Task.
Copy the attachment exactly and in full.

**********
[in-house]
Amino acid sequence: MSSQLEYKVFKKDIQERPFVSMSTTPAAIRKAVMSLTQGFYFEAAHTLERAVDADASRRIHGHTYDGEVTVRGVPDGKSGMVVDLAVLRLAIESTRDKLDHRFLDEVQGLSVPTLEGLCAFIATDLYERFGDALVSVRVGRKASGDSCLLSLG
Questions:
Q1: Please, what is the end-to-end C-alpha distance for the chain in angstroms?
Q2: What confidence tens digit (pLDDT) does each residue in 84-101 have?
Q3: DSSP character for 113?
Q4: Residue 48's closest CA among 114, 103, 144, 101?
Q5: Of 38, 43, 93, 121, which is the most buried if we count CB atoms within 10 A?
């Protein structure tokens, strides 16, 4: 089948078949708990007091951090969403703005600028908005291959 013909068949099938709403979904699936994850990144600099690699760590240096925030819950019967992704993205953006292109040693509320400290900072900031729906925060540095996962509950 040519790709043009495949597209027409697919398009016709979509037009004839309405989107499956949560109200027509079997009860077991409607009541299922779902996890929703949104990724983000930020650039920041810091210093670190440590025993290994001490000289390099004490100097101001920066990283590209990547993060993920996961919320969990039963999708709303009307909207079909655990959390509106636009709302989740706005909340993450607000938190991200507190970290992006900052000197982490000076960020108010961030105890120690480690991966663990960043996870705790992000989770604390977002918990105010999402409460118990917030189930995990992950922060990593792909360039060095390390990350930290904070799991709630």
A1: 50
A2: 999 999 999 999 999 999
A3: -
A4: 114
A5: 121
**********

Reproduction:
[in-house]
Amino acid sequence: MSSQLEYKVFKKDIQERPFVSMSTTPAAIRKAVMSLTQGFYFEAAHTLERAVDADASRRIHGHTYDGEVTVRGVPDGKSGMVVDLAVLRLAIESTRDKLDHRFLDEVQGLSVPTLEGLCAFIATDLYERFGDALVSVRVGRKASGDSCLLSLG
Questions:
Q1: Please, what is the end-to-end C-alpha distance for the chain in angstroms?
Q2: What confidence tens digit (pLDDT) does each residue in 84-101 have?
Q3: DSSP character for 113?
Q4: Residue 48's closest CA among 114, 103, 144, 101?
Q5: Of 38, 43, 93, 121, which is the most buried if we count CB atoms within 10 A?
């Protein structure tokens, strides 16, 4: 089948078949708990007091951090969403703005600028908005291959 013909068949099938709403979904699936994850990144600099690699760590240096925030819950019967992704993205953006292109040693509320400290900072900031729906925060540095996962509950 040519790709043009495949597209027409697919398009016709979509037009004839309405989107499956949560109200027509079997009860077991409607009541299922779902996890929703949104990724983000930020650039920041810091210093670190440590025993290994001490000289390099004490100097101001920066990283590209990547993060993920996961919320969990039963999708709303009307909207079909655990959390509106636009709302989740706005909340993450607000938190991200507190970290992006900052000197982490000076960020108010961030105890120690480690991966663990960043996870705790992000989770604390977002918990105010999402409460118990917030189930995990992950922060990593792909360039060095390390990350930290904070799991709630």
A1: 50
A2: 999 999 999 999 999 999
A3: -
A4: 114
A5: 121